What is a Buy Stop Order?
Part of being an accomplished trader or investor is being able to look ahead and predict price action with a relative degree of accuracy. No one can predict the future exactly, but many traders know whether they should open a long position or take out shorts on a price. As they form a thesis and look to the future, accomplished traders will also seek to protect themselves from uncertainty. This often includes the use of buy stop orders.
A buy stop order allows investors to specify a price point above the current price of a security, at which they want to purchase it. Buying a stock price for more than it’s currently worth might sound counterintuitive, but it factors into many forward-looking investment strategies.
A buy stop order can help bulls and bears alike navigate future price uncertainties. Here’s a closer look at how a buy stop order works, when to use one and what to consider as you submit this type of order to your broker.
A Buy Stop Order Example
The easiest way to make sense of a buy stop order is to look at one through the lens of an example. Let’s say you want to purchase shares in salesforce.com, Inc. (NYSE: CRM), but the stock has traded sideways between $230 and $240 for the last several periods. You believe it’s due for a breakout, but don’t want to purchase shares prematurely. Instead, you set a buy stop order for 50 shares @ $242, just above the current resistance level.
If and when salesforce.com, Inc. breaks out into a bullish run, you’ll capitalize on the price at $242. Your broker will automatically execute the order for 50 shares as soon as the price broaches $242. It doesn’t matter how high the price goes that day (or if it falls again), you’ll be in at the $242 price point. If, however, the price never reaches $242, the order remains unfilled.
The Bullish vs. Bearish Case of Buy Stop Orders
The above example is a bullish case for buy stop orders. Investors who are long on a stock use them to capitalize on a breakout before the price goes on a run. It’s a great way to get in on the ground floor of a fast-moving bull movement: especially coming off a bullish reversal pattern. Paired with an offsetting limit order, a buy stop is particularly effective for traders looking to get in early on a swing.
There’s actually a more common bearish use for buy stop orders: as a hedge against short positions. A short-seller is betting on the price of a security to fall, so if it rises, they’re open to mounting losses. Placing a buy stop allows them to cap those losses by buying shares at a specified threshold to cover the short. Opposite a short position, a buy stop is often referred to as a stop-loss.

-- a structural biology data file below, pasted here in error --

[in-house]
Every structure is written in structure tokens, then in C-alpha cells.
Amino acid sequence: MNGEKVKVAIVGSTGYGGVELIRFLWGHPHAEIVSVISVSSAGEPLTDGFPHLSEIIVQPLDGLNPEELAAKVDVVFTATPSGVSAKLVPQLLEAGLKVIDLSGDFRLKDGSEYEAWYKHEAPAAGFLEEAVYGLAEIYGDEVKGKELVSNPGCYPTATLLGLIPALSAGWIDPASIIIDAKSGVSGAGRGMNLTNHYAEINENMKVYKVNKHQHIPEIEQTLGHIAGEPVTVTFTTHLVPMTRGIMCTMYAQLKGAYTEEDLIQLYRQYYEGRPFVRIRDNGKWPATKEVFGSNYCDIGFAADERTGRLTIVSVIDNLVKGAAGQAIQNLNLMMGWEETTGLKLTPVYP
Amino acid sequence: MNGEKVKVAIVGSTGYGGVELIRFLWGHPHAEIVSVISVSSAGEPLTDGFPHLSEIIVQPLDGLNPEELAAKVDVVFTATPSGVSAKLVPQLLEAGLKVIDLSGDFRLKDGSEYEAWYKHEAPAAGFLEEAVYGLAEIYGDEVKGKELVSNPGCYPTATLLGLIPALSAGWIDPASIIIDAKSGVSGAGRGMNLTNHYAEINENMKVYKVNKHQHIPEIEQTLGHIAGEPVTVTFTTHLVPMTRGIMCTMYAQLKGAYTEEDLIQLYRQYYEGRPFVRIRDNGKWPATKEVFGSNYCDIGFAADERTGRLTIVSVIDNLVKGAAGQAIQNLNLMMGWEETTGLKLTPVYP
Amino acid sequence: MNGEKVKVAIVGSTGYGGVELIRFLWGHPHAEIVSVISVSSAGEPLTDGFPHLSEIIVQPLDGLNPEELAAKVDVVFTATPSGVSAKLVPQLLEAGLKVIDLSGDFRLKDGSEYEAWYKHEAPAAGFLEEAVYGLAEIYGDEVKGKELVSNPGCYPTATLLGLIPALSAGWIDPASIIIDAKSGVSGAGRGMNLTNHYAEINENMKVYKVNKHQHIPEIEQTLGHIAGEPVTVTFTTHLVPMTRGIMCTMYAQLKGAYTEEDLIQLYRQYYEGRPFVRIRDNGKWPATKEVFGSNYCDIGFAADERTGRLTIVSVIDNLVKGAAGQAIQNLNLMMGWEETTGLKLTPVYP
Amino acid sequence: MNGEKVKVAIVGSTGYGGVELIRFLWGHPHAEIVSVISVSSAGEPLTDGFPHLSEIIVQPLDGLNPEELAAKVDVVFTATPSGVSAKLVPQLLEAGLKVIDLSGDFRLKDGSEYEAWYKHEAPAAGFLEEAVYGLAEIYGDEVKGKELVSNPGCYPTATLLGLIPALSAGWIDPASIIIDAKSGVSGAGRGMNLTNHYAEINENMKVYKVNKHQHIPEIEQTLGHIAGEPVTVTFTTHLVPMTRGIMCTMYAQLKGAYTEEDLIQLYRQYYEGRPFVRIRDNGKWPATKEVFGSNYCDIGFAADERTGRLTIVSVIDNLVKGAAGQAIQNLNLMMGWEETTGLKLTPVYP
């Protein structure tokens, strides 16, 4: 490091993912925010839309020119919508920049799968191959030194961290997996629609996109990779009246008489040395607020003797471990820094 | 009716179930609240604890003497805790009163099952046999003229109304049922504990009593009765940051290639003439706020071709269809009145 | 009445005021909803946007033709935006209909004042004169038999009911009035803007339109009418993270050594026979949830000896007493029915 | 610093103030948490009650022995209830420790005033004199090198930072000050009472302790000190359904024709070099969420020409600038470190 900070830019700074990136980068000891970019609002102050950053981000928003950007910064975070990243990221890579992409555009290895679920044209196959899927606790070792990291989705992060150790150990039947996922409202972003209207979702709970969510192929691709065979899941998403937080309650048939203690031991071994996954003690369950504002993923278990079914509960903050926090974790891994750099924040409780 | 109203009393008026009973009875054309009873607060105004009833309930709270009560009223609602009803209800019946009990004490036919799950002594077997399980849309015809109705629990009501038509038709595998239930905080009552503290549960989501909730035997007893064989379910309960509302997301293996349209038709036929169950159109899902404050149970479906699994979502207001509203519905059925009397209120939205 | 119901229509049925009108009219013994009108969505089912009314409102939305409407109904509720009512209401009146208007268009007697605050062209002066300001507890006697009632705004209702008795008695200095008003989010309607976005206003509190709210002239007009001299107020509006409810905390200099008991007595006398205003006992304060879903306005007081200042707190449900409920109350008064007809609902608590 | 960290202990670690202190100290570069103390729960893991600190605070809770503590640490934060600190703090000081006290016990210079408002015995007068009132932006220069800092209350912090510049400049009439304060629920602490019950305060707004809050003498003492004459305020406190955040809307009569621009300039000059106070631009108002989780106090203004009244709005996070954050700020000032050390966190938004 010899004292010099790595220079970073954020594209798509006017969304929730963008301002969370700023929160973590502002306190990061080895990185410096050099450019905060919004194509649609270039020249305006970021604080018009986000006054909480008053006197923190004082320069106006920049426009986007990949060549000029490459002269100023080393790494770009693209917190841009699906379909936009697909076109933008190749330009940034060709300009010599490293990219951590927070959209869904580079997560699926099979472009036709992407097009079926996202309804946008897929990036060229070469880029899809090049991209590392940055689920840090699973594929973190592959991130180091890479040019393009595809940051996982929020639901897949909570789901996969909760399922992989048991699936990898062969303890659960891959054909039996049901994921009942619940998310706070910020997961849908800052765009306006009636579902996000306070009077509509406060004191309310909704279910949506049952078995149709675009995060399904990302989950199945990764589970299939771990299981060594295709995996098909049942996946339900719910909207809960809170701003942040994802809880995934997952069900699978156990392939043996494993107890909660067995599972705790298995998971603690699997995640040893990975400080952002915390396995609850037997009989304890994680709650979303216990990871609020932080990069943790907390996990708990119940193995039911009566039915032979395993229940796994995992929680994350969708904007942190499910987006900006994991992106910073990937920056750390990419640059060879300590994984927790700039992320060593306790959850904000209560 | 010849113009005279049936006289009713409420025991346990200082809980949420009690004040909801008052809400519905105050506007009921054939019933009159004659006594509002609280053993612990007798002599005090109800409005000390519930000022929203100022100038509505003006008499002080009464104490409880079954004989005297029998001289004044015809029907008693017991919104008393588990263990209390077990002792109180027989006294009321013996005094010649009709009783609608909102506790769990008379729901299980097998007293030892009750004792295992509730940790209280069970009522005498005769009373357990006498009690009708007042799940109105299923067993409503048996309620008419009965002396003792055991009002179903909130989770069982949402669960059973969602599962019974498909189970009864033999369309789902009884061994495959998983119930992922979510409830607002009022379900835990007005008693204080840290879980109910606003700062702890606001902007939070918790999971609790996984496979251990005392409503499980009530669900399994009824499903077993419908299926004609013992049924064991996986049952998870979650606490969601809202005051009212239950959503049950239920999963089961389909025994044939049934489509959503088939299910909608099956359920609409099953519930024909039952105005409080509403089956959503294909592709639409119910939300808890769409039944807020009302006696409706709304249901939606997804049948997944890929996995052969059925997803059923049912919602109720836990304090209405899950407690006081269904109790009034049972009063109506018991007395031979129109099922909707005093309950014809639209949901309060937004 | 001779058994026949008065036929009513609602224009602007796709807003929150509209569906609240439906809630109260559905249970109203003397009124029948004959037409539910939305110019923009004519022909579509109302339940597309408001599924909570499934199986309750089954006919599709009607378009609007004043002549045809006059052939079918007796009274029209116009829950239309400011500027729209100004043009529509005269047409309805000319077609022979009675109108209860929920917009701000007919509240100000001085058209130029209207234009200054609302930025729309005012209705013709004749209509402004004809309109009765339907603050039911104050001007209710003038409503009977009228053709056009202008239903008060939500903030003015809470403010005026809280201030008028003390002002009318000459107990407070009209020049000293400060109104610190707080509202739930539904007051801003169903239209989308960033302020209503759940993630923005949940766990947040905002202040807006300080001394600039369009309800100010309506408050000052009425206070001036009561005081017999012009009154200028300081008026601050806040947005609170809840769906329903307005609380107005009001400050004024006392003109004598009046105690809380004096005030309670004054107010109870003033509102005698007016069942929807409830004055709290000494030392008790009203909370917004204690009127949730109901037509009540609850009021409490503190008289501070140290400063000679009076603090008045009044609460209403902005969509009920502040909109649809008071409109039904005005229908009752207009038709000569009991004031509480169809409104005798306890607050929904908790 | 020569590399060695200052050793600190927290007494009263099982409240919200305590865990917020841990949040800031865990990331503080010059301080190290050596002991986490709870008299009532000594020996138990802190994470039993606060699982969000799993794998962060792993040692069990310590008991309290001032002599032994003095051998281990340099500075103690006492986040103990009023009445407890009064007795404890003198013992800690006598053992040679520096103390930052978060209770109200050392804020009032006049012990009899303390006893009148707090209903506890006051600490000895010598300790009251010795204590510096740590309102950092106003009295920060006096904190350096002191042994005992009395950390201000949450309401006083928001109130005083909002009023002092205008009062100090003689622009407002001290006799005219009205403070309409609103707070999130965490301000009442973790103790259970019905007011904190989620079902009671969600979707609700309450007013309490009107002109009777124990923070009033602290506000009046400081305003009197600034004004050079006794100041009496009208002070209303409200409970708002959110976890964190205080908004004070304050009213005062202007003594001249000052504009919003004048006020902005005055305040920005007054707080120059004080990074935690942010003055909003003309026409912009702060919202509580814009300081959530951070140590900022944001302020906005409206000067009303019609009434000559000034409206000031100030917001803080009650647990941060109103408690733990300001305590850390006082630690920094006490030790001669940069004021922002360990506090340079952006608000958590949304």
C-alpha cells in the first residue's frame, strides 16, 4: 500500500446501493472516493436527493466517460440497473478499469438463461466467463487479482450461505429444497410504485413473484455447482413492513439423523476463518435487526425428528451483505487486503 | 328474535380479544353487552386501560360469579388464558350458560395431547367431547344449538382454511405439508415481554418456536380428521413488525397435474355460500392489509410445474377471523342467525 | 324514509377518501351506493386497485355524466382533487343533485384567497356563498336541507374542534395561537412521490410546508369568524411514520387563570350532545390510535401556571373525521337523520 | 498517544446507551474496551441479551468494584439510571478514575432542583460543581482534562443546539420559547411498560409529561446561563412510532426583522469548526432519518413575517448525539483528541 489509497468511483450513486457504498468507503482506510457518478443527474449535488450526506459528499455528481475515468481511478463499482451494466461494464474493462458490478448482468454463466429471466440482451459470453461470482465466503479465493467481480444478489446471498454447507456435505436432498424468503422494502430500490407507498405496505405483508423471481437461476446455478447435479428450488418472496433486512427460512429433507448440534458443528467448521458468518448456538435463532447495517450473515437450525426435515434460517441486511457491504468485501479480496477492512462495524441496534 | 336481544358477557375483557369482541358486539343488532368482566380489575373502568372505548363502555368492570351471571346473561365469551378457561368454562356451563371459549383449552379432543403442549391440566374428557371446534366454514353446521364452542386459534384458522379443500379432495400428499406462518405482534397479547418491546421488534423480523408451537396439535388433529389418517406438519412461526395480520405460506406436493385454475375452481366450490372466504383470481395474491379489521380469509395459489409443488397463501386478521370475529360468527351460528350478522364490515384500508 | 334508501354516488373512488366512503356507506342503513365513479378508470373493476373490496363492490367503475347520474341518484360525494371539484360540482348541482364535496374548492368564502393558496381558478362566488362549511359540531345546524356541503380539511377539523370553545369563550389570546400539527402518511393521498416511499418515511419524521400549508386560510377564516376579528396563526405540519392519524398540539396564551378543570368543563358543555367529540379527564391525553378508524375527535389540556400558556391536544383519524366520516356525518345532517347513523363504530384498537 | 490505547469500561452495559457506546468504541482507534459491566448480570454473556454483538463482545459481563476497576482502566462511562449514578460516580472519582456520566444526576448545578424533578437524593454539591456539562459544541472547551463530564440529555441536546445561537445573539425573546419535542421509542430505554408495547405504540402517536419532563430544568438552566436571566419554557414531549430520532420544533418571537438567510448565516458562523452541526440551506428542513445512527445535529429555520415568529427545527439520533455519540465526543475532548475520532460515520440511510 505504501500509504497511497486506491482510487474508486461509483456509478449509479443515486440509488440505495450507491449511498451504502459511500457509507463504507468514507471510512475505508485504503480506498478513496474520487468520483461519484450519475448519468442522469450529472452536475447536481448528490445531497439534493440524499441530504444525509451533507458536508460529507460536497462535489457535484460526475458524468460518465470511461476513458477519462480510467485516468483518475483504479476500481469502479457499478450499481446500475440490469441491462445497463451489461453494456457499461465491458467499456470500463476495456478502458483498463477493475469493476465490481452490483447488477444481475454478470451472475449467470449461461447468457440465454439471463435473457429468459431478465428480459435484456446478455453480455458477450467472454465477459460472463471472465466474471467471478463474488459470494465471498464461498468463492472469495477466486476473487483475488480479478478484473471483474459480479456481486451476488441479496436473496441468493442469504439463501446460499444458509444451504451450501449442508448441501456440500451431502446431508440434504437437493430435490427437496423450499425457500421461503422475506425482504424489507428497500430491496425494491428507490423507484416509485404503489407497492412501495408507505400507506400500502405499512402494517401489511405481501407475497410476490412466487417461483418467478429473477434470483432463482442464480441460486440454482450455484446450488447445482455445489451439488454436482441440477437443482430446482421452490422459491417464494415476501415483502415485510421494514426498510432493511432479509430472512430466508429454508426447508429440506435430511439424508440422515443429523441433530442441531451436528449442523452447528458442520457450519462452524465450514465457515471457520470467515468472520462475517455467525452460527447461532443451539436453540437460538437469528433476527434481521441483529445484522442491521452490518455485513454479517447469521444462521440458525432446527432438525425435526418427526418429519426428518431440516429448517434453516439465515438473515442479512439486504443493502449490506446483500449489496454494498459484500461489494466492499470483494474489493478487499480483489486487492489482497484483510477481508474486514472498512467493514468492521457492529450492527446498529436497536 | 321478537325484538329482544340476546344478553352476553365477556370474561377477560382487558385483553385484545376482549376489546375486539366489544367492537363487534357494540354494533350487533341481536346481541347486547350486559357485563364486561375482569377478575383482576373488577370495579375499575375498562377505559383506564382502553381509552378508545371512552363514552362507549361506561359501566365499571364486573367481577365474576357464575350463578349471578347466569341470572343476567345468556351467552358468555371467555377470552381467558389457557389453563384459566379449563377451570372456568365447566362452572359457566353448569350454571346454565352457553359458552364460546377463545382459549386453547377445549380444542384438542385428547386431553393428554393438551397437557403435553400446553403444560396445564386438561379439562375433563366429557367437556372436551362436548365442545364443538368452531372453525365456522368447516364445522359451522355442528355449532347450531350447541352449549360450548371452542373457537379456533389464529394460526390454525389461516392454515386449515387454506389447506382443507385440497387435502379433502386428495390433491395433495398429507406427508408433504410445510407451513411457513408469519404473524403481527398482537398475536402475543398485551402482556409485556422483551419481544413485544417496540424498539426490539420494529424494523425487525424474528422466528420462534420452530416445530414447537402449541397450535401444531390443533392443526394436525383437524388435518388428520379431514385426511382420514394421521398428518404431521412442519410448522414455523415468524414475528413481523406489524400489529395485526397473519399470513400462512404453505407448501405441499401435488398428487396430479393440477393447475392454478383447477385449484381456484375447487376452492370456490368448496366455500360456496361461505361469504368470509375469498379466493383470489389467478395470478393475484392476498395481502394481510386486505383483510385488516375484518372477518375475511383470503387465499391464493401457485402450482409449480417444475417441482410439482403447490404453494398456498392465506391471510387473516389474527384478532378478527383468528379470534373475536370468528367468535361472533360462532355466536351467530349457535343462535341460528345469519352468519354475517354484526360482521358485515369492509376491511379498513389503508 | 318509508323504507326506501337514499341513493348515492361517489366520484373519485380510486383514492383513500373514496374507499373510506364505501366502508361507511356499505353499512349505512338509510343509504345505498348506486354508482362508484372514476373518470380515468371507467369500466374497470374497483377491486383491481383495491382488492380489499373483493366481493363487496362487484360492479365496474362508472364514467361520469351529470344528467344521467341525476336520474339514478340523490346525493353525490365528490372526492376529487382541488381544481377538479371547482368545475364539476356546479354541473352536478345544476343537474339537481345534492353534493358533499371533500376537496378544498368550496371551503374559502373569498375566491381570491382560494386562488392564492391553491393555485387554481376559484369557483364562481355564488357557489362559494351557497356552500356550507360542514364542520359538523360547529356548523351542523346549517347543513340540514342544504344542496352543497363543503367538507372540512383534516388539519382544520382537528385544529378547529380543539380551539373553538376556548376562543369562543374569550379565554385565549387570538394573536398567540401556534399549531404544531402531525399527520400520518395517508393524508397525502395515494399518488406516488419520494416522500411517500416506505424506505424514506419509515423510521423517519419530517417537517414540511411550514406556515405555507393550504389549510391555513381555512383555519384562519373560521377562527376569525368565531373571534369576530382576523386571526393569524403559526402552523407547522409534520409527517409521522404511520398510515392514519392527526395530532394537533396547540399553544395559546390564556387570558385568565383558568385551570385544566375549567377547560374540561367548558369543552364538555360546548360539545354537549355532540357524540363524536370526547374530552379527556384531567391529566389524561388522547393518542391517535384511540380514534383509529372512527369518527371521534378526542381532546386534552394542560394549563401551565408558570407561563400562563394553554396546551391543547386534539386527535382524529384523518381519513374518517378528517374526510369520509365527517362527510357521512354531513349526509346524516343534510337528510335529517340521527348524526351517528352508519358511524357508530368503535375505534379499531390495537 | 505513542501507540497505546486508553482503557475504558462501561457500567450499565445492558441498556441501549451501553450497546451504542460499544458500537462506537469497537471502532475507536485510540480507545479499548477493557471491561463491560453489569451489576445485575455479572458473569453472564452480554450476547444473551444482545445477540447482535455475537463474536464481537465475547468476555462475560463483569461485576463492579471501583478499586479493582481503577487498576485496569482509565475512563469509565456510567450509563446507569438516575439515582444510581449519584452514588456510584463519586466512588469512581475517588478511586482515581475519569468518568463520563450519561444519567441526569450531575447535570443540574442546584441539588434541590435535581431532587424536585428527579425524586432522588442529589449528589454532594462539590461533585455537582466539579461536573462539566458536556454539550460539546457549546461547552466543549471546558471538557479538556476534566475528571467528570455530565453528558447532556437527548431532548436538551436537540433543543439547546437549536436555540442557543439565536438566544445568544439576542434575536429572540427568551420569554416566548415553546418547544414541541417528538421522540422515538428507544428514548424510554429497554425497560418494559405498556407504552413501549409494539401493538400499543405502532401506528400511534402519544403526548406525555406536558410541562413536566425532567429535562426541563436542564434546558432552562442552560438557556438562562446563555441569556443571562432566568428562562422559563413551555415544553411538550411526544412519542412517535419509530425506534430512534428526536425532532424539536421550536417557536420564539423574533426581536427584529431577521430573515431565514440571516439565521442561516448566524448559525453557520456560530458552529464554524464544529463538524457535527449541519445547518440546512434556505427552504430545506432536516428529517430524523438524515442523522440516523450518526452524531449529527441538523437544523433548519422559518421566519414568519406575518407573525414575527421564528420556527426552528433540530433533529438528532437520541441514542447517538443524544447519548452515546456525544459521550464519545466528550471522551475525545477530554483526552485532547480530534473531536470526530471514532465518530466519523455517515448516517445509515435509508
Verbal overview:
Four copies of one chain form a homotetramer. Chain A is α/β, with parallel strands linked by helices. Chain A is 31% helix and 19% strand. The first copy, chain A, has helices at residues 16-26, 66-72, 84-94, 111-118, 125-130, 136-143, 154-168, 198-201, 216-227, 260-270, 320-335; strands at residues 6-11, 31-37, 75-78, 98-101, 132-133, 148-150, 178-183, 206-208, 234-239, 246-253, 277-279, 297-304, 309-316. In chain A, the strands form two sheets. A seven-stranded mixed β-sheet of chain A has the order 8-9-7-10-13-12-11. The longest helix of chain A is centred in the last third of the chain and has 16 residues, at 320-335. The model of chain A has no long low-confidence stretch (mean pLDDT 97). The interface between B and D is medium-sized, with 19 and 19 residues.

These orders give retail investors plenty of opportunity to control their forward-looking actions in an environment where prices are appreciating.
- You, the investor, control the price point that you purchase a stock at. The order represents the price you’re willing to pay for a stock. That means you’re only paying for shares once they reach an acceptable strike price.
- Buy stop orders are automated by your broker, which means they’re a “set it and forget it” investing tool. Once you’ve specified the price and submitted the order, your broker will handle the rest. No need to monitor price action all day.
- Buy stops act as stop losses for short sellers, giving them a simple and effective way to cover a short position. If the stock price never reaches the strike, the order expires worthless, which means shorts aren’t obligated to offset.
Buy limit orders are a handy tool in automating your investing function and can empower investors to purchase securities at prices that coincide with their investment thesis.
Investors need to think hard about their objective price target when placing a buy stop order. There are some drawbacks that can accompany this type of order.
- An ill-placed buy stop order could represent a new resistance level, which means an investor effectively bought at the peak. For instance, you might have a buy stop at $140; then, the price rises to $142 before falling down to $135 over the course of a few days.
- Once a security reaches the strike price specified by a buy stop order, it becomes a limit order or a market order, filled at the next available price. In fast-moving environments, this can introduce a spread that’s too high for some traders to profit from.
- Because they’re automatically executed, buy stop orders can contribute to wild price swings that aren’t correlated to the market sentiment. While useful in volatile market conditions, these orders can create traps for traders if not set appropriately.
It’s a good idea to check on buy stop orders occasionally, especially in tumultuous markets. Sometimes, it’s smart to adjust or cancel them, depending on the current behavior of a stock price.
Capitalize on Future Price Appreciation
Whether you’re bearish or bullish on a stock, a buy stop order is a useful tool in managing price appreciation. You can use it to offset the potential losses from a short position or capitalize on the early stages of a bullish run. In either case, it’s a way for individuals to automate their buying actions to align with their investment thesis. They’re a useful tool in any investor’s arsenal.